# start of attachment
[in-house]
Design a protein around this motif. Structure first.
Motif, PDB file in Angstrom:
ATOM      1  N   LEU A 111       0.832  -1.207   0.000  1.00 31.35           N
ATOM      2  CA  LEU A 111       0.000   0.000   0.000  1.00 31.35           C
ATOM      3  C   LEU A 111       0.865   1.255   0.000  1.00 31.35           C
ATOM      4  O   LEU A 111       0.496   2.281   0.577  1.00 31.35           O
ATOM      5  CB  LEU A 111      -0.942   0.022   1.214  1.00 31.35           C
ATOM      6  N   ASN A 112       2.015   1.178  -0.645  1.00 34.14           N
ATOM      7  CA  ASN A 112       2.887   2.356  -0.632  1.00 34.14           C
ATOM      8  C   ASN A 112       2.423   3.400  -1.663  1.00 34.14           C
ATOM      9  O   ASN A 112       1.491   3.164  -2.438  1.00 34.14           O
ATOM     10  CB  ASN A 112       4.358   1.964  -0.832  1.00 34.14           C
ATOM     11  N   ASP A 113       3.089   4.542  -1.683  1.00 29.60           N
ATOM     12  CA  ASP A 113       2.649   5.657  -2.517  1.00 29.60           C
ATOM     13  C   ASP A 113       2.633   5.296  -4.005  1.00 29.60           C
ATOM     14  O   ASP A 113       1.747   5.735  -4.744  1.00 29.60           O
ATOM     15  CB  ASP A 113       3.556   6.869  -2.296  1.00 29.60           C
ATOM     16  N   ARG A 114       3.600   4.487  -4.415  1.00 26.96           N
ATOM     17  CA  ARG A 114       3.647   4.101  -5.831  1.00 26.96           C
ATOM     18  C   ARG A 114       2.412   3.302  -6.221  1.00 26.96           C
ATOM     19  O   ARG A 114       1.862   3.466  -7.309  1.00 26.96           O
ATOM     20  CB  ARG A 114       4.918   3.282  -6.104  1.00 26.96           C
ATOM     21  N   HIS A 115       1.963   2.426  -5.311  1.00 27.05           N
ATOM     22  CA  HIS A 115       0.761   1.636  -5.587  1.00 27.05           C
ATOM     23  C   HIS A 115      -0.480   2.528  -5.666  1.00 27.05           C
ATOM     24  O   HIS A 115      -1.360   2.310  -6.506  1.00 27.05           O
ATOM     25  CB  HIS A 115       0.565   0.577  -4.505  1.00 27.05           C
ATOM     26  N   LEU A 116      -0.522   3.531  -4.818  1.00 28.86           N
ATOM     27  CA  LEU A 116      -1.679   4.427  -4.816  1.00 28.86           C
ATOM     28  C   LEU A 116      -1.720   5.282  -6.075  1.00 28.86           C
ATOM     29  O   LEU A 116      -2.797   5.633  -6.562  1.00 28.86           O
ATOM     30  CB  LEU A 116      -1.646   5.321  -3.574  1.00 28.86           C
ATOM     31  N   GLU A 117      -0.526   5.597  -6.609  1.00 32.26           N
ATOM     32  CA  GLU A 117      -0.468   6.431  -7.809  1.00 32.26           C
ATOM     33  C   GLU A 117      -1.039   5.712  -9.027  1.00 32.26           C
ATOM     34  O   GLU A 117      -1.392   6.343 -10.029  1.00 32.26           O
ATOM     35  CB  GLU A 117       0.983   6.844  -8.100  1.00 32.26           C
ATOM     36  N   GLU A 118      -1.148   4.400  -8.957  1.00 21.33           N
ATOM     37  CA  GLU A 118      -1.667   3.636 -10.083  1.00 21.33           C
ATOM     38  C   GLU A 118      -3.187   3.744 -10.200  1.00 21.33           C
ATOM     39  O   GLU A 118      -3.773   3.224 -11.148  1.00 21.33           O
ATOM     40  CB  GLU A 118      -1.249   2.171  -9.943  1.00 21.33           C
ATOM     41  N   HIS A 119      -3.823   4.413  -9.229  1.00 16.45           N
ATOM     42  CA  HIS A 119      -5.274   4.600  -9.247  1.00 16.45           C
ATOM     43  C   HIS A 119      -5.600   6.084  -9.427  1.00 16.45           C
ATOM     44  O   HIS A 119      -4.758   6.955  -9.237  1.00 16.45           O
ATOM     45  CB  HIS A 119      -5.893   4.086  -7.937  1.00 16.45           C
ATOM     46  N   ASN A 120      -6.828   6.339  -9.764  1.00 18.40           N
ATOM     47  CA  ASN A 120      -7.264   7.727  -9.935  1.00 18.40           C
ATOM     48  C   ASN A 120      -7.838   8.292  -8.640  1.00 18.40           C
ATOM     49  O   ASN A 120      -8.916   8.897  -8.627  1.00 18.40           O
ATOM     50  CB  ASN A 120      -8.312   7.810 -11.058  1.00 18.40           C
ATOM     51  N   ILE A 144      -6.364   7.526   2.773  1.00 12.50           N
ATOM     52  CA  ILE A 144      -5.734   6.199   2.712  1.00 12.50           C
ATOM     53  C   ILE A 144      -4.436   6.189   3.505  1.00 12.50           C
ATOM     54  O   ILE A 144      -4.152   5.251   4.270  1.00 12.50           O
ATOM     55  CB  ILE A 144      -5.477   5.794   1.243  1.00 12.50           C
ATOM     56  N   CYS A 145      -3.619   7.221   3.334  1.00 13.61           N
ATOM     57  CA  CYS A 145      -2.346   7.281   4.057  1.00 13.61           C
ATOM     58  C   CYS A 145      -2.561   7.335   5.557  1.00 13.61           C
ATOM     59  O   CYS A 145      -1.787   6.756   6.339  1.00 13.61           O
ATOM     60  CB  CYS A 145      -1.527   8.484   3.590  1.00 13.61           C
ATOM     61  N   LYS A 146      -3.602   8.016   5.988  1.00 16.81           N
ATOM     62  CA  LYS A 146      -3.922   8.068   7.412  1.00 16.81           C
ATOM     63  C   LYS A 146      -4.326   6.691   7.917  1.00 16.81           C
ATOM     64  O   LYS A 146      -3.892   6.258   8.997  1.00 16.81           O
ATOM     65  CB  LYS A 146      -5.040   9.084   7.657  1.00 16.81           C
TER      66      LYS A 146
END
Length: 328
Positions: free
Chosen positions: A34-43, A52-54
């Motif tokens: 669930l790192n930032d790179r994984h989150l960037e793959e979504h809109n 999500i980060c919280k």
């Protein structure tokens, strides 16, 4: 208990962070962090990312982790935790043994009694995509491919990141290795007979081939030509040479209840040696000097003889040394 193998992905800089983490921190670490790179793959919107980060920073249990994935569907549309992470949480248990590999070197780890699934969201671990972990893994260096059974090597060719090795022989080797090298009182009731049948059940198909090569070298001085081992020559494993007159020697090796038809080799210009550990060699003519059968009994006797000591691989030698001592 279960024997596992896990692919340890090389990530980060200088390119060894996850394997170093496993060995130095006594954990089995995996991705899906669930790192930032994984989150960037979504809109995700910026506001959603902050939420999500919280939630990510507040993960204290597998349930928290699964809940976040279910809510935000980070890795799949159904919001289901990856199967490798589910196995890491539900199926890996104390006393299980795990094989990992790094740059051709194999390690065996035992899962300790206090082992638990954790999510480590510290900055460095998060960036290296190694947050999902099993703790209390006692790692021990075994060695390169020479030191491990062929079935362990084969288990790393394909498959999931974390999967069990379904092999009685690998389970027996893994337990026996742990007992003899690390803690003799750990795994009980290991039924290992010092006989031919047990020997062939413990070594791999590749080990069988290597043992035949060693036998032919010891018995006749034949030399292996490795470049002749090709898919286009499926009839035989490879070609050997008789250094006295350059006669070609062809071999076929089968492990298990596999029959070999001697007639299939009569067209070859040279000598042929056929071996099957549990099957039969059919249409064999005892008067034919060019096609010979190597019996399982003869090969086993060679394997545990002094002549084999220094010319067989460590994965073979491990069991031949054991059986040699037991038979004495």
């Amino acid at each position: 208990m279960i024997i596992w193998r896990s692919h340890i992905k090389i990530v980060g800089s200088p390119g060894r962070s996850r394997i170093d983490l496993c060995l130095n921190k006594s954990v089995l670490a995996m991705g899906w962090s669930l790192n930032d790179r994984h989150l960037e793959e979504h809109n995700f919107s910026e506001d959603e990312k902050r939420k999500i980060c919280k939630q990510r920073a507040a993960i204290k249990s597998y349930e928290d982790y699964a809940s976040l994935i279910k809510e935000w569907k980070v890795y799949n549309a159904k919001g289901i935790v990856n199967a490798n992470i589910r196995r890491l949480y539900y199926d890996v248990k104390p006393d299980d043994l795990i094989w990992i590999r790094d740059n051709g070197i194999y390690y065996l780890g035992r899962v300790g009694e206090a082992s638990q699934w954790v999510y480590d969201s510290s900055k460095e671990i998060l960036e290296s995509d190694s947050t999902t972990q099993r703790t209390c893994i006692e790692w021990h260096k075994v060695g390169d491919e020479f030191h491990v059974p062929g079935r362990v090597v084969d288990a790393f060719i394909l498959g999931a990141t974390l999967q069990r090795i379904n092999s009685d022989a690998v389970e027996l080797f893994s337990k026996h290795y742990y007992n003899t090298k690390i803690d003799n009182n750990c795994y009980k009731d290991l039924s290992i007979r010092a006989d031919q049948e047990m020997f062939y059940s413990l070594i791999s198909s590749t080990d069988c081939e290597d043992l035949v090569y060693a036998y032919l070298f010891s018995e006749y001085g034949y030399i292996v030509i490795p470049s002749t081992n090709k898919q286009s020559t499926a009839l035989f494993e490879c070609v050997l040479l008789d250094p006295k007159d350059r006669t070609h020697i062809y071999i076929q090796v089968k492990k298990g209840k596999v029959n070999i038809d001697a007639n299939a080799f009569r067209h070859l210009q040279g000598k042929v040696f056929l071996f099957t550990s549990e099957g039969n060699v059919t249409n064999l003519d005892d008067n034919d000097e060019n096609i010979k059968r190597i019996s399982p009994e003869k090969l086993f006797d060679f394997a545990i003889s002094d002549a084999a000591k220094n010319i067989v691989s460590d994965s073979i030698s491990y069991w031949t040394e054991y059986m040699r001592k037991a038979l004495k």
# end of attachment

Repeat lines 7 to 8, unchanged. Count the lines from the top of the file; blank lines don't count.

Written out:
ATOM      4  O   LEU A 111       0.496   2.281   0.577  1.00 31.35           O
ATOM      5  CB  LEU A 111      -0.942   0.022   1.214  1.00 31.35           C